Travel

Excited by Airbnb!

With my tenure in the Middle East coming to a close, I have set my mind on new adventures. My current musing have me, in my mind’s eye, backpacking around Europe. A Europe of the summer type of event. This, as we all know, is not the cheap time to be in Europe. Normally, I would consider the shoulder season, unless there is a specific date range that I need to be in a specific country for. Shoulder season is the better time to be in the land of the Euro. The prices are cheaper, the crowds are less, and the weather is still pretty nice. Current planning still has me heading back across the Atlantic in the spring shoulder season. That will allow me to cover some ground before prices start to climb. After the prices start to climb, I have been researching options to keep the overall cost down to a reasonable extravagance.

This research has led me to become extremely curious about Airbnb. I have heard a lot about Airbnb over the last couple years but have never tried them out. I tend to just find low cost hotels and consider that good enough. I’m not a hosteler. I’m too old for that experience. So, it’s usually hotels.

I was reading a good piece on keeping things within budget from light-travels.co. It is a great blog, full of good advice, and a breeze to read. In a section regarding maximizing your travel money, Carly (the blog’s author) was a great proponent of Airbnb, as their pricing for stays of more than a couple days was a good cost savings. This article led me to their website. Since then, I have spent many hours on their site typing in different cities and date ranges to see what is on offer. I am continuously amazed by the difference in pricing they offer compared to even low-grade hotels in the same cities.

I have to say, this has me very excited. I even changed my way of thinking about the trip to incorporate more week-long Airbnb locations, as opposed to 2 and 3-day hotel stays. I’m hoping that this will extend out my available travel time by keeping the cost down. I will definitely be letting everyone know how things are going once I get out on the backpacking trail. Until then, I’m just super excited about looking at the website and seeing what the available options are.

Hopefully, this gets you thinking about ways you can stretch your travel budget. Travel doesn’t have to be overly expensive. It just tends to end up that way via the path of least resistance. If you look around for options, they are usually there for you. Definitely look around before you just book that all-inclusive vacation package. A little research will save you some money.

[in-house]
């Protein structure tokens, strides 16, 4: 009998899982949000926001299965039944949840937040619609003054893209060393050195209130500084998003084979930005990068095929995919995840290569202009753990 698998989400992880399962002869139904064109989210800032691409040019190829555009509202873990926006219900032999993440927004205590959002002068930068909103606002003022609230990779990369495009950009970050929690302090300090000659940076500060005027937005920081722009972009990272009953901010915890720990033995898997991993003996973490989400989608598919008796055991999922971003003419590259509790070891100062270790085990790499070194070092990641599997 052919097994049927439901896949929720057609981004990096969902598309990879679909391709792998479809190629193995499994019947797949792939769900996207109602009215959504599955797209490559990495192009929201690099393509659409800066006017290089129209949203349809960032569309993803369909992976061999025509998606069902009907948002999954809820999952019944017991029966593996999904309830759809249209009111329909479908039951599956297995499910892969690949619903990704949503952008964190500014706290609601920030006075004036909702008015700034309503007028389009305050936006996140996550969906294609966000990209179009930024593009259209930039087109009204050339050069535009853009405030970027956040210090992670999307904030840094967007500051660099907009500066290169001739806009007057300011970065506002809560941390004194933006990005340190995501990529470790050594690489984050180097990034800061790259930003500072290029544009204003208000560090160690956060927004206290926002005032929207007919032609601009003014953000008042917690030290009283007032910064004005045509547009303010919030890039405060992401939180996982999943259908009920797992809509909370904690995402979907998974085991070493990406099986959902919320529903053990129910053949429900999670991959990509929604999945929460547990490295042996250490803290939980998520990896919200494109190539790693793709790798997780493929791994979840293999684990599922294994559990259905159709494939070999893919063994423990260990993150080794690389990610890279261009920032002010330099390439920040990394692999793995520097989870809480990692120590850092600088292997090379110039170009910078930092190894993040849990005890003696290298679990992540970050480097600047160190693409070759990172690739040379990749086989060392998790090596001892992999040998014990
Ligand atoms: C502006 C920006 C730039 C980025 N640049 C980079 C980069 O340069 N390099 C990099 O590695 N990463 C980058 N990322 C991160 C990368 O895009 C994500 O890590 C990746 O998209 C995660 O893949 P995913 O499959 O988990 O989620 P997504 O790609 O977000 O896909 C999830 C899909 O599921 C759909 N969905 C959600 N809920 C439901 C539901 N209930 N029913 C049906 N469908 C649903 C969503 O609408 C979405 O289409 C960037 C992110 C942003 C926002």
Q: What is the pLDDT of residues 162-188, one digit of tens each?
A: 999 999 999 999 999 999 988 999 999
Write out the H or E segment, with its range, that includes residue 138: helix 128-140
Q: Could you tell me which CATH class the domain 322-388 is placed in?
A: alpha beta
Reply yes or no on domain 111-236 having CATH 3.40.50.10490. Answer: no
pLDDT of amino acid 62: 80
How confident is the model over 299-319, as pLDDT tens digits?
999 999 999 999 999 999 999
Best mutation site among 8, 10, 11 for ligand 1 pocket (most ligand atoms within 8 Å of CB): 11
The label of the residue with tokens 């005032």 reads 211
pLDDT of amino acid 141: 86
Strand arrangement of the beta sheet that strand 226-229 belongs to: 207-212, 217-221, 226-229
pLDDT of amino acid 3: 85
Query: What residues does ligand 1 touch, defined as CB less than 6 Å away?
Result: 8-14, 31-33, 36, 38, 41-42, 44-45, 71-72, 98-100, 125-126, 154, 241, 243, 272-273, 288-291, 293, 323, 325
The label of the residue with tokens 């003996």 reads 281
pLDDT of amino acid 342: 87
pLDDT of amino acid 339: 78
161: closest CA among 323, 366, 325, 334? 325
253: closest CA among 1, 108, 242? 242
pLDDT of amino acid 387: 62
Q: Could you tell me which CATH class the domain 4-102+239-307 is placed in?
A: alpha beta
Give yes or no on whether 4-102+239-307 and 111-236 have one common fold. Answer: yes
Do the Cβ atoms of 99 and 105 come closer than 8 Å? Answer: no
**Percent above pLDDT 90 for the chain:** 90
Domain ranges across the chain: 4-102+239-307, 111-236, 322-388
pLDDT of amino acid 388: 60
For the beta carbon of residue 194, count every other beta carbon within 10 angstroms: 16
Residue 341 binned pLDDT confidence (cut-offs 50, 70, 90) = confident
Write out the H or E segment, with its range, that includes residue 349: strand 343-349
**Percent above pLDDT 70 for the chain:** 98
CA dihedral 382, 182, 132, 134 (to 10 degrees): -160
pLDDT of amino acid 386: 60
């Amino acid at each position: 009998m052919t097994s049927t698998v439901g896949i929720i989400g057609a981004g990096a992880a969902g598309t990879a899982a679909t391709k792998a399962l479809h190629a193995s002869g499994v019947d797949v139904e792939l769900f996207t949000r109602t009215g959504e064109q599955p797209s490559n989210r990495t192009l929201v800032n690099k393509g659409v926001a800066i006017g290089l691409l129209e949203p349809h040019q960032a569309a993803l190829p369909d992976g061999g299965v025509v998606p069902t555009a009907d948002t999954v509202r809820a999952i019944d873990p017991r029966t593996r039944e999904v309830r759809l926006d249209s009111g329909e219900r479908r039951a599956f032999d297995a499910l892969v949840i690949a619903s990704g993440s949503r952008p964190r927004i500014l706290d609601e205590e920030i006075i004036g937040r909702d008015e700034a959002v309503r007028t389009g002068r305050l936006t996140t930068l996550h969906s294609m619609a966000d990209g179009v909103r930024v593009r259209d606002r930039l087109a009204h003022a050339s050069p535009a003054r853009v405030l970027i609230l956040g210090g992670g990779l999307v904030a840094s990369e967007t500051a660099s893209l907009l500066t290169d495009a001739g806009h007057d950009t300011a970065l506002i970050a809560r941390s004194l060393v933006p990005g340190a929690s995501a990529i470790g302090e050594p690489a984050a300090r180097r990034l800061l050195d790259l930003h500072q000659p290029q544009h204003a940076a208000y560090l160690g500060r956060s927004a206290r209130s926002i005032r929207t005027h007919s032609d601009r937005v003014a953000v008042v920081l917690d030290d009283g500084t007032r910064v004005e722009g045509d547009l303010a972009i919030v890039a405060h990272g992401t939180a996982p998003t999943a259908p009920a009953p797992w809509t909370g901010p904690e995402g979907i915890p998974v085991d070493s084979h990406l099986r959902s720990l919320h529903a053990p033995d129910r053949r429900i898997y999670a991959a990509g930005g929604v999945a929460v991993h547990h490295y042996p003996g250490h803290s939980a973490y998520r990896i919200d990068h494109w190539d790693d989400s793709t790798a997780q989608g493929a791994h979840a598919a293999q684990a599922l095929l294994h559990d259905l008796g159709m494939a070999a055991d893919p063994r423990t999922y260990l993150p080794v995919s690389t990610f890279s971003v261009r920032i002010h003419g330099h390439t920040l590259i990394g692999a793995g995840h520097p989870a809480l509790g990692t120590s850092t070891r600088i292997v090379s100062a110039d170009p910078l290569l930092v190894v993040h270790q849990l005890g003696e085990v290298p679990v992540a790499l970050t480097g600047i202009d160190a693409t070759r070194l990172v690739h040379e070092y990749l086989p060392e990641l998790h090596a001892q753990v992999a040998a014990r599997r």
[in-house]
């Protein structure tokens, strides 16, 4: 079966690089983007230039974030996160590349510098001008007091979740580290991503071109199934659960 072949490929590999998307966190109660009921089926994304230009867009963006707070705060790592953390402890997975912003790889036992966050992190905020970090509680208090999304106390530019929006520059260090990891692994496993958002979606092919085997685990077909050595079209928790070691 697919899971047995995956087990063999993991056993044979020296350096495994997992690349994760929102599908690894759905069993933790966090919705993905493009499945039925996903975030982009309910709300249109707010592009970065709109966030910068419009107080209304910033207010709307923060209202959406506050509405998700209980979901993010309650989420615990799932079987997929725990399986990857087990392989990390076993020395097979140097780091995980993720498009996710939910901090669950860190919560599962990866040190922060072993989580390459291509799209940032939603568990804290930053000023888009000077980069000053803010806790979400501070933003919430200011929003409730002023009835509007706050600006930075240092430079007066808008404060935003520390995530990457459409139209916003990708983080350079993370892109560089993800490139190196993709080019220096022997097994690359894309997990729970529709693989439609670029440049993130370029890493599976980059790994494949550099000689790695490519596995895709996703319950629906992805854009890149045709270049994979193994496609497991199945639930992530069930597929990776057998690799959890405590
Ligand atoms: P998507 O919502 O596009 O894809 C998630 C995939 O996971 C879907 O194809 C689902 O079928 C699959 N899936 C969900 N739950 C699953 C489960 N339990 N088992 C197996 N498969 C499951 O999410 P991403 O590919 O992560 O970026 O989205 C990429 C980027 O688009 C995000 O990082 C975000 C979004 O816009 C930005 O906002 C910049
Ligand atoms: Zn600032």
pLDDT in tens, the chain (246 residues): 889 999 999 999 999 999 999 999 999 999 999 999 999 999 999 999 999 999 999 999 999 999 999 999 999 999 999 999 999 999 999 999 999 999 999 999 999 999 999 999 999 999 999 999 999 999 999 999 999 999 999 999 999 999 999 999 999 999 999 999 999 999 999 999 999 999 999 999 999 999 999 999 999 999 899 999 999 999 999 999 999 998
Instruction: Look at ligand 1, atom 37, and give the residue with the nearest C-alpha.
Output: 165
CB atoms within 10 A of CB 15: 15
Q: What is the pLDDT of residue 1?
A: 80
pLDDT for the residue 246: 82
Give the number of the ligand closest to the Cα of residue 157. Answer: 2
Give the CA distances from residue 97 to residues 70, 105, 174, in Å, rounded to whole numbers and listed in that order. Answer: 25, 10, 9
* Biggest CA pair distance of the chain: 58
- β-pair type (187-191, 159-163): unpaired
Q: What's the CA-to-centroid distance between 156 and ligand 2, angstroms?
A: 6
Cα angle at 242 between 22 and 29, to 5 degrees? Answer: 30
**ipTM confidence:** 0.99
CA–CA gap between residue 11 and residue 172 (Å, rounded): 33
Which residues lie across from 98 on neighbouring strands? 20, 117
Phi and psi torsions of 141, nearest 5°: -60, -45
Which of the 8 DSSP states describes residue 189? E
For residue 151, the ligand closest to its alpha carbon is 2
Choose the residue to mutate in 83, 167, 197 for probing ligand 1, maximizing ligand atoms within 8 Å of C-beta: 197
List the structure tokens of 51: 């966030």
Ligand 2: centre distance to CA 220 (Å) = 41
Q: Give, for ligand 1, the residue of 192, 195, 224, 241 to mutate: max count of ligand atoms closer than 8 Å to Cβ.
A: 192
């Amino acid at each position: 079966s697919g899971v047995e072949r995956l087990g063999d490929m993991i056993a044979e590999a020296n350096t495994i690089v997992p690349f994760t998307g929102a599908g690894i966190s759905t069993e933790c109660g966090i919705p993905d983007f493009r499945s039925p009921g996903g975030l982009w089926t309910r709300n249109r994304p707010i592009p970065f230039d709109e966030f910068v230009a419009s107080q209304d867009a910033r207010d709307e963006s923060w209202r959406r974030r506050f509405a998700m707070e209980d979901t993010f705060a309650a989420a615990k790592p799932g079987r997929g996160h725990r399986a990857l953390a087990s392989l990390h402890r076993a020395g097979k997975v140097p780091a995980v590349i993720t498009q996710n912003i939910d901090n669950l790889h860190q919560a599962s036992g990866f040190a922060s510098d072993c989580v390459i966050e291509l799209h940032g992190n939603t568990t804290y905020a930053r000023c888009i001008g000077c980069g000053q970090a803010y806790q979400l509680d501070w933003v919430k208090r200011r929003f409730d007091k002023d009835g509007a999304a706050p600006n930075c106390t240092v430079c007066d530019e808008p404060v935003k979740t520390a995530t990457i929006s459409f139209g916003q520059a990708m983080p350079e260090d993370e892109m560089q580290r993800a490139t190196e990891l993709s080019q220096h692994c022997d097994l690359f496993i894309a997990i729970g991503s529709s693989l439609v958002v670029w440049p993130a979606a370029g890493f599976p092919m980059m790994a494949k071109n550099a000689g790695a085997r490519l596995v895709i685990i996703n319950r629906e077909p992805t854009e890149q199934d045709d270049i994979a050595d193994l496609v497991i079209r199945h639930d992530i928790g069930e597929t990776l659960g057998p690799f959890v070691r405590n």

Now get out there. Go vacation and stuff.

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Travel

Just Say Yes.

This post isn’t really a travel post. It’s more of a mindset post. It’s about how you end up doing the things you end up doing.

Generally, I find that my friends fall into one of two broad categories. There are people that take the chances, go do the things they want, and generally have a good time. Then, there are those that are set back more, always justifying why they shouldn’t do something, and are generally sedentary. I have a lot of people in this second group that will say things like: “I can’t believe you did that.”, “I thought about doing that, but…”, “I don’t know how you do those things or go to those places?”, and a host of others. In my distinct opinion, they all boil down to meaning the same thing. When the opportunity came along, for whatever reason, they said no. It’s as simple as that.

I admit that I’ve done a few crazy things in my lifetime. How this happens to me, and why I am never at a loss for a story in a bar can be summed up pretty easily. When the universe offers me a new/stupid/crazy/exciting opportunity, as a general rule, I say yes.

It’s that simple. When I stumble across things that look intriguing, I decide if I can pull it off or not, and I say yes. By pull it off, I don’t mean succeed at it. I have failed in multiple different things, after repeated attempts to do them. (Sometimes, I learn slow.) I have made numerous bad decisions, but I have also made many, many more good decisions. Repeated attempts to learn to surf, maybe a bad decision. Trying to climb Mt. Rainier and failing badly every time, maybe a bad decision. Running with the bulls, awesome idea.  Riding the motorcycle to Sturgis, awesome idea. Heading down to Machu Picchu, awesome idea. And so on, and so on, and so on.